Do you often find yourself in high spirits after spending some time doing yard work? It turns out that gardening has multiple health benefits, including stress relief and better physical and mental health. You don't have to have an exceptionally green thumb in order to achieve these benefits, though — even as we move into the fall. We're here to tell you what to plant and when to plant it. But first, let's talk about gardening's health benefits.
Stress relief: According to a study in the Netherlands, gardening can relieve stress better than other leisurely activities like reading. "We live in a society where we're just maxing ourselves out all the time in terms of paying attention," says Andrea Faber Taylor, Ph.D., a horticulture instructor and researcher in the Landscape and Human Health Laboratory at the University of Illinois at Urbana-Champaign. Gardening offers an escape from paying that kind of attention to things like our smartphones and computers. The touch of the dirt, smell of the flowers, sound of the birds and even sight of blooming flowers offers a source of effortless attention. (via Health Magazine)
Physical health: We all know that yard work means more exposure to fresh air and sunlight, but we often overlook the exercise involved. Shoveling, raking, hoeing, planting, weeding and other repetitive gardening tasks require strength and stretching. Gardening probably won't do much for your cardiovascular system, but it is a fun way to get your blood flowing, burn some calories and strengthen your muscles! Plus, it's more fun to work in the lawn than hit the gym, so you might be more likely to exercise if you take up gardening. Plus, all those healthy veggies you're growing will keep your family strong and healthy.
Mental health: Gardening and spending time in nature has been found to reduce the risk of developing dementia later in life than non-gardeners. The combination of physical and mental activity yields a positive impact on the mind. For those who have already experienced mental decline, gardening can be therapeutic. In fact, nursing homes even offer gardens for Alzheimer patients or patients with other cognitive problems to visit, citing that even being around gardens promote relaxation and reduce stress. Gardening can even help those who suffer from depression. In a study done in Norway, people who were diagnosed with depression, persistent low mood or bipolar disorder spent six hours a week growing vegetables and flowers. After three months, half experienced an improvement in their depression symptoms and continued to improve even after ending the gardening program. (via Health Magazine)
>> Read more: Depression: How to Identify and Cope
After reading those benefits, it's hard to argue a case against gardening. Maybe you're already a gardener and need some new tips on gardening for the fall, or maybe you're a gardening novice and are looking for where to begin. Either way, we've got you covered.
First thing's first. Before you can plant anything in your fall garden, you must know when the first frost date in your area will be. You can easily figure that out with the Farmer's Almanac. Now, you have to know which plants are most likely to survive in cooler weather. According to Better Homes and Gardens, you'll want to plant: beets, broccoli, Brussels sprouts, cabbage, cauliflower, carrots, collards, kale, kohlrabi, leeks, lettuce, mustard, radishes, rutabagas, spinach, swiss chard and/or turnips. These veggies are most likely to survive frosts than other foods.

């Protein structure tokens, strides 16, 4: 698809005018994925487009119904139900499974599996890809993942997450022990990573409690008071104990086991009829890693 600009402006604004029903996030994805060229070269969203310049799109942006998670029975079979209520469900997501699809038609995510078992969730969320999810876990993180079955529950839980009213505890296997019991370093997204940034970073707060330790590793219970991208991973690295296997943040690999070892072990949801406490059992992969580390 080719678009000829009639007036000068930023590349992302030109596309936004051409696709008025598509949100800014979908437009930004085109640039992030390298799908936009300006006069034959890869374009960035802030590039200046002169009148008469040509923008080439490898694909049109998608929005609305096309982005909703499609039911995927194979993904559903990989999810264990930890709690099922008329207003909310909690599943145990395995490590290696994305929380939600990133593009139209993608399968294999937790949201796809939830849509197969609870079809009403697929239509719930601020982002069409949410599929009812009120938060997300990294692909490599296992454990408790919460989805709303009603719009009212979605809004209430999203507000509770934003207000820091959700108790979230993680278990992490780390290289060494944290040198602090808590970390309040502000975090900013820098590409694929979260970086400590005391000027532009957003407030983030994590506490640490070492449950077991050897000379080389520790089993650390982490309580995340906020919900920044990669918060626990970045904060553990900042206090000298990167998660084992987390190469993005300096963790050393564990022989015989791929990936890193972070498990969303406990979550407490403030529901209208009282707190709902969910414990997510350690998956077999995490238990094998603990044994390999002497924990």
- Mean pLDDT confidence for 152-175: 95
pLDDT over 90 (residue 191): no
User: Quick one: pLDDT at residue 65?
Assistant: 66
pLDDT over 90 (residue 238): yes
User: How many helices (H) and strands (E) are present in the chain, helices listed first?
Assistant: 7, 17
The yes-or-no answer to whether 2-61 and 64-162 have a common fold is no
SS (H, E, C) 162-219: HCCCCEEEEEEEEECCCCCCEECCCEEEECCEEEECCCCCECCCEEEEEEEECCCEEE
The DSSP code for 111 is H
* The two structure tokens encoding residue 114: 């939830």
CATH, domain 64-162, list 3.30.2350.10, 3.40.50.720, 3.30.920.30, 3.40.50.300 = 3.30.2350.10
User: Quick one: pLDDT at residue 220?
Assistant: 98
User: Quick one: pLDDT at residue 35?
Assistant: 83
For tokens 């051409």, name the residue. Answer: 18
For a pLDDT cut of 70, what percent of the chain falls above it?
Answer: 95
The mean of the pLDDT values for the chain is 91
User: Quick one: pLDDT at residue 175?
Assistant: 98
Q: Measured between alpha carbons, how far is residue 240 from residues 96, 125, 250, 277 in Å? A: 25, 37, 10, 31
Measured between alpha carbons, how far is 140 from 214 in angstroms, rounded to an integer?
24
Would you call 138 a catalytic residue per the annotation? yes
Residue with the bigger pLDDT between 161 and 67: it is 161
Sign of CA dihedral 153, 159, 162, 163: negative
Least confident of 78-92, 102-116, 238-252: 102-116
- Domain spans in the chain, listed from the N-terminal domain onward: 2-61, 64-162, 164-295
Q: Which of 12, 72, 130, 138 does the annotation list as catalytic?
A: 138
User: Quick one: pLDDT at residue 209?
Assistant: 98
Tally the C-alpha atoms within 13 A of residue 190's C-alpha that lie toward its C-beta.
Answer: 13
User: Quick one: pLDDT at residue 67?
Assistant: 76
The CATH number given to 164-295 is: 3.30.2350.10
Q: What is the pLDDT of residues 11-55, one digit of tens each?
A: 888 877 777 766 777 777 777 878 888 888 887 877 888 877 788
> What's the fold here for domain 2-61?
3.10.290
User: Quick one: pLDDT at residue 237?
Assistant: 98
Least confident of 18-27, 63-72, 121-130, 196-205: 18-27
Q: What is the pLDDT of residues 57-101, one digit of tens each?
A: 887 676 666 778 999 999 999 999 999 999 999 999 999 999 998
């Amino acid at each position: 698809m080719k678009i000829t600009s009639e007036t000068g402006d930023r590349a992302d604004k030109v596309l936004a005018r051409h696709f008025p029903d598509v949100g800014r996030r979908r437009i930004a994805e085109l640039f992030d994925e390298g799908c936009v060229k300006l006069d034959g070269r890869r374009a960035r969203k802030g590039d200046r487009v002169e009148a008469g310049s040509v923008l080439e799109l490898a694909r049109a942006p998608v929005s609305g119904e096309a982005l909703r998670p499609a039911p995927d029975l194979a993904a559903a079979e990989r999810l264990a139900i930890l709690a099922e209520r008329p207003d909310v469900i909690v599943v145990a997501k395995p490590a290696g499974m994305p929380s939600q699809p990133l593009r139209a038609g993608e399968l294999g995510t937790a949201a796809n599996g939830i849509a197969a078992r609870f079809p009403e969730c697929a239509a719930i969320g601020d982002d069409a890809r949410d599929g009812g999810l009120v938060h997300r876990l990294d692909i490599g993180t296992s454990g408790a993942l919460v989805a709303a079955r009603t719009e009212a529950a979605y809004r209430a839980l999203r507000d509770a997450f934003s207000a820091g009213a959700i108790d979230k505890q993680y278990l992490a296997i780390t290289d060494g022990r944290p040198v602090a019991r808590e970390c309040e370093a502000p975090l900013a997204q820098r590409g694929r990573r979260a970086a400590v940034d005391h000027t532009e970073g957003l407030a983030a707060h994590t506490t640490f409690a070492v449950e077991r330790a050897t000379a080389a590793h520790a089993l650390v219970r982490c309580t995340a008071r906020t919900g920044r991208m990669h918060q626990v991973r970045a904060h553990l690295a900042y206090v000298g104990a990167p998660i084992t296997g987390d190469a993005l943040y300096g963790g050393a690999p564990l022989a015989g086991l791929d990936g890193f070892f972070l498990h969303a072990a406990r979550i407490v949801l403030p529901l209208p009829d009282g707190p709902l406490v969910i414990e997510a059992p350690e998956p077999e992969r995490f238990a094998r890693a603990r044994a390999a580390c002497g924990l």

Remember that first frost date, now. We'll go through a few popular fall garden veggies with tips on when to plant them and how to care for them.
Broccoli: Plant this ten weeks before the first frost. Make sure that you mulch around the seeds to keep the ground cool and moist. Three weeks after you plant the seeds, you'll want to feed them a low nitrogen fertilizer to ensure they get all the essential nutrients. (via P. Allen Smith Garden Home)
Cabbage: These seeds go in the ground six to eight weeks before the first frost. If you live in an area where the hot summer sun lingers for a few weeks into fall, you'll want to provide protection from the sun. Make sure these are surrounded by fertile soil and are consistently watered. A general rule of thumb for veggies is to make sure they receive one inch of water a week, even in the fall.
Cauliflower: Like cabbage, these seeds are also planted six to eight weeks before the first frost. Plant them in rich soil and water them consistently.
Lettuce: Plant lettuce in late summer, when they will receive consistent water and in a spot where they'll get shade from the hot afternoon sun.
Radish: You'll want these bad boys in the ground four weeks before the first frost. Put them in fertile soil that stays well-drained throughout the fall. Because radishes are quick to mature, make sure you're checking on them regularly.
Spinach: These go in the ground five weeks before the first frost. These are especially good at lasting into the winter, as they can survive in temperatures all the way down into the 20s. Make sure they're in fertile soil!
If you need to make room in your yard for your fall garden, don't be afraid to rip out ailing summer plants like struggling peas or diseased tomatoes. The cooler weather won't do them any favors. If you struggle for enough room for a garden in general, check out our tips on urban farming.
Don't forget to protect your precious plants from the nasty fall frost. You can use a cloche for smaller plants, but for bigger areas use an old bed sheet, blanket or tarp.
What are some of your gardening secrets? Share them with us in the comments below!